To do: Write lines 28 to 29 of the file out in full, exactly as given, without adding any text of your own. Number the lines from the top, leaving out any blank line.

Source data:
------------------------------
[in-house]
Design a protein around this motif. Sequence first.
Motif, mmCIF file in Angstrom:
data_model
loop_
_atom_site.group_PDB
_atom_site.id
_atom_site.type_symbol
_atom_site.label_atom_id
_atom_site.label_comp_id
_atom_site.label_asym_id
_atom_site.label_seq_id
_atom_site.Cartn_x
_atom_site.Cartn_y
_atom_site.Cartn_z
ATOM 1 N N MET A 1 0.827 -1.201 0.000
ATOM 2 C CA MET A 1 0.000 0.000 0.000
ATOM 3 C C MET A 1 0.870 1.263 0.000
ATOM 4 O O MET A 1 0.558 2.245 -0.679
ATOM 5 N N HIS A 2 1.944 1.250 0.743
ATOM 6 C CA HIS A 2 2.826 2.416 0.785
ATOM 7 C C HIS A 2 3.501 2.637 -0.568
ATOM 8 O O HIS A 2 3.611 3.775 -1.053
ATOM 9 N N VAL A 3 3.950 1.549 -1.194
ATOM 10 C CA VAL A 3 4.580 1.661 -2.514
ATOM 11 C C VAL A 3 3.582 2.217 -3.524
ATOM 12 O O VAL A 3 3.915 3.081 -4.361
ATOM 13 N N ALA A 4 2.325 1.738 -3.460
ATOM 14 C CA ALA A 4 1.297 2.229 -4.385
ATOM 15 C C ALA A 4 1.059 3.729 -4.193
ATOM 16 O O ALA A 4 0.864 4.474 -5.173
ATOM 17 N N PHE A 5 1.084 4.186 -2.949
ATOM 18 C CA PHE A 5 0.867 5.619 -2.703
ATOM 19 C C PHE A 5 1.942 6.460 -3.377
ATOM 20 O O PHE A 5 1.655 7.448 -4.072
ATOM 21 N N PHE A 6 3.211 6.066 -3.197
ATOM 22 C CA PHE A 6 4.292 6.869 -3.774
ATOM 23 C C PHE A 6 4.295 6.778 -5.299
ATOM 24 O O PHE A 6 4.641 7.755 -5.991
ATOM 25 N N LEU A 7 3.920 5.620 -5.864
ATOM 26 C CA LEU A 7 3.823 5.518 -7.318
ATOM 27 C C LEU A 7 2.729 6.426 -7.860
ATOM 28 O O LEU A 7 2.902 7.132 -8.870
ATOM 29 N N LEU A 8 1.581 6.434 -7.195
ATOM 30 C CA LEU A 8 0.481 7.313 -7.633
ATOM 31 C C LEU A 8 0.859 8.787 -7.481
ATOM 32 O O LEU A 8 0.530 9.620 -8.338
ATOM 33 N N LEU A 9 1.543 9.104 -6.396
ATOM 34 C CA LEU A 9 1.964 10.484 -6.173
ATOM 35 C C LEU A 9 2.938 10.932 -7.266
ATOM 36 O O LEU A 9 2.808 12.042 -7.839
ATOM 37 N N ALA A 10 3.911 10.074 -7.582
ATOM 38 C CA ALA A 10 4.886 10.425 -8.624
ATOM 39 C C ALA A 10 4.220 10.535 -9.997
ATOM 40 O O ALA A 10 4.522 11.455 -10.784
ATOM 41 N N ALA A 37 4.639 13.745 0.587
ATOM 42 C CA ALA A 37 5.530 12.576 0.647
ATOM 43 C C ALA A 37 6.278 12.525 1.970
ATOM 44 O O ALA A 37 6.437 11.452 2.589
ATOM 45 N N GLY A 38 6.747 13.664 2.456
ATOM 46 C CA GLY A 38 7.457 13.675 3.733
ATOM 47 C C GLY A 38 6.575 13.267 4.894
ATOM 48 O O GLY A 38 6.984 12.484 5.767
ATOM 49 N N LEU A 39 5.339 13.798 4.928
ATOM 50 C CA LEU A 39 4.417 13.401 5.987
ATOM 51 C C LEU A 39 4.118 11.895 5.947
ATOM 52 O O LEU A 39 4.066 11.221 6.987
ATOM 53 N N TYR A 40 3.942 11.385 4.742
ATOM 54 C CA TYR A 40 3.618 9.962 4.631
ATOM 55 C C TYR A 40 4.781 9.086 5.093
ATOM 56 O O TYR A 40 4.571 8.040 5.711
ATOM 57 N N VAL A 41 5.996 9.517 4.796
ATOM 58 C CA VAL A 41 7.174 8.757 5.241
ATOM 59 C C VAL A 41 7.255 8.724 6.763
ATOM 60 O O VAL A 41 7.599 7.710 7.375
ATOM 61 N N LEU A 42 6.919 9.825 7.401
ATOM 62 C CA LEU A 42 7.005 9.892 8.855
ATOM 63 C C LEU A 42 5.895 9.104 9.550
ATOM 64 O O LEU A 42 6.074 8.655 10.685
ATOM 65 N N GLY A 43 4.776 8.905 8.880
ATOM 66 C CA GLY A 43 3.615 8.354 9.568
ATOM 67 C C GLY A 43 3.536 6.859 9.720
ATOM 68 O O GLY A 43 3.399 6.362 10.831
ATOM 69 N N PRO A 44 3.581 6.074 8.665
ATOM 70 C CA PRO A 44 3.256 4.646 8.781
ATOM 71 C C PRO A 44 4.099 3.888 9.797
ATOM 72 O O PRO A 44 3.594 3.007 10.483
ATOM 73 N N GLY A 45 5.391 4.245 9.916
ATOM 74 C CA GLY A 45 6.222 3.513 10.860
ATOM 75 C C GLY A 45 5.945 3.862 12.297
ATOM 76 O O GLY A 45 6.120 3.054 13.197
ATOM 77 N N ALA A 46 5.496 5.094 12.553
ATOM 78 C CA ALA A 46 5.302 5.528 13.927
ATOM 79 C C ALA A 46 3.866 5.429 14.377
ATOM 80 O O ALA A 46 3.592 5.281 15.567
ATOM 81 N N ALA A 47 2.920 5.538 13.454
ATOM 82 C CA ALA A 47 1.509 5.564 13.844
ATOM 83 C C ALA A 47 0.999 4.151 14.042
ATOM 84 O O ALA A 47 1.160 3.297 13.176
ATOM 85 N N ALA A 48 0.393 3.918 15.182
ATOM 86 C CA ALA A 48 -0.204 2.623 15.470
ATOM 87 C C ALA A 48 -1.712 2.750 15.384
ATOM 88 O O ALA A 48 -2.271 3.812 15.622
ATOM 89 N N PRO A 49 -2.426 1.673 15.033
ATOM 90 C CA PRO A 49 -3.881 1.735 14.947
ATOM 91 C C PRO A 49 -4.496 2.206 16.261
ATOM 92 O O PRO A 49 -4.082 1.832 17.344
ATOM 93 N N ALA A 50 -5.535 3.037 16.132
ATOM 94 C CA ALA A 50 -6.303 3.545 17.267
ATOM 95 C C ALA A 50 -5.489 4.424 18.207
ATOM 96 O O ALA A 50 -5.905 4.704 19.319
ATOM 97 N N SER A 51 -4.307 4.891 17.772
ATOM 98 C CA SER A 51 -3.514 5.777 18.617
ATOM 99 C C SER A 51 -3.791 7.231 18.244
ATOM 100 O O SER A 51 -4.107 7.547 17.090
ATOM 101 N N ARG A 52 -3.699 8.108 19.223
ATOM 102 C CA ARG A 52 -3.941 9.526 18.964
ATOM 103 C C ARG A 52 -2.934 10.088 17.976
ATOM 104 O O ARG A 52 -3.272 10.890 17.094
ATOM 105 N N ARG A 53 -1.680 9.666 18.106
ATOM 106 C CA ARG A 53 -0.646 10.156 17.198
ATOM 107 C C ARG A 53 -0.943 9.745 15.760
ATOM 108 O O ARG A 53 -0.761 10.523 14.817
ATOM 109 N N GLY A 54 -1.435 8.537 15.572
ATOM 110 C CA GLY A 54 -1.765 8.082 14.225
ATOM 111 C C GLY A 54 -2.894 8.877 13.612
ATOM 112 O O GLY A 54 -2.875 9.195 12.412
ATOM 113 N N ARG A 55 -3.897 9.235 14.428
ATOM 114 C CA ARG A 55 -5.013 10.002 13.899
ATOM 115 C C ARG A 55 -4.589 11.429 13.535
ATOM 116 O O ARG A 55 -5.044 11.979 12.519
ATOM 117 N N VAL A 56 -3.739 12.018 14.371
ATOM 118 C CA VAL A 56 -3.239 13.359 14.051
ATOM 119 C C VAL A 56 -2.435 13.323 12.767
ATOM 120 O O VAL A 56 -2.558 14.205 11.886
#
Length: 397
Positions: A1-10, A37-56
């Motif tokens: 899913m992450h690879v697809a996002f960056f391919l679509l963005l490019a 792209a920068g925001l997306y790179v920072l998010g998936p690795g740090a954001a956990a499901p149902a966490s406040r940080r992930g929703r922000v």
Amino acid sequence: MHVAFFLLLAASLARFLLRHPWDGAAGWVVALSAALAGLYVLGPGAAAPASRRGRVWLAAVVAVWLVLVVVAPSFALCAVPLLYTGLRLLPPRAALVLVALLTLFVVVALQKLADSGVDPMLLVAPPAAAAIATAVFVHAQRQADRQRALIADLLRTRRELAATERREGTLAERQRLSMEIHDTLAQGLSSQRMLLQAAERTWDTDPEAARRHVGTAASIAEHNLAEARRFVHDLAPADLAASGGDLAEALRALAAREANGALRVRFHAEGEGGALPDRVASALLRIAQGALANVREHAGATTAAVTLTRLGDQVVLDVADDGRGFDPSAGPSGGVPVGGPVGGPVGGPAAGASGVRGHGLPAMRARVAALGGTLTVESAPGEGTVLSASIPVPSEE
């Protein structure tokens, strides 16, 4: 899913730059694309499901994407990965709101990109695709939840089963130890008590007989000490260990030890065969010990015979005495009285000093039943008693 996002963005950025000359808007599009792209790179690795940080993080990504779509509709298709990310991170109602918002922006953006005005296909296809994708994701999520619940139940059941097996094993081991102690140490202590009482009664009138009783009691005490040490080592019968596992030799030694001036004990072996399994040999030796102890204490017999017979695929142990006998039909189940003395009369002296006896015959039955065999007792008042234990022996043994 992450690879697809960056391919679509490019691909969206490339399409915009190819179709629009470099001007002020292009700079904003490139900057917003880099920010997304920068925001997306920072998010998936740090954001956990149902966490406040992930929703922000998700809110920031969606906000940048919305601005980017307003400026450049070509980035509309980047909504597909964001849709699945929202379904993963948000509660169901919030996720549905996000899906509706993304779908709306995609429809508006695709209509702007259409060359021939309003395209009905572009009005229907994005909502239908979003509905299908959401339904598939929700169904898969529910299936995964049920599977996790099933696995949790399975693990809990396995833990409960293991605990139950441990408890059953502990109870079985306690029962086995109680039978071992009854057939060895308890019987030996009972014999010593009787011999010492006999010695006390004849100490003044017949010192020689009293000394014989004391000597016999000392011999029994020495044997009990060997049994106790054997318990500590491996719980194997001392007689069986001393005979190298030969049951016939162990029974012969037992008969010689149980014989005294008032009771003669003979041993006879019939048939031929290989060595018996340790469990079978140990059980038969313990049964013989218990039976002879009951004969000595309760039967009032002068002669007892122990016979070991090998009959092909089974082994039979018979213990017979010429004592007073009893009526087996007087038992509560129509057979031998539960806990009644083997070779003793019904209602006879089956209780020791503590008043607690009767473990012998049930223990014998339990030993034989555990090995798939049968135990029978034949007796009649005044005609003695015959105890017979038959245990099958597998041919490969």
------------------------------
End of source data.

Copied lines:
ATOM 13 N N ALA A 4 2.325 1.738 -3.460
ATOM 14 C CA ALA A 4 1.297 2.229 -4.385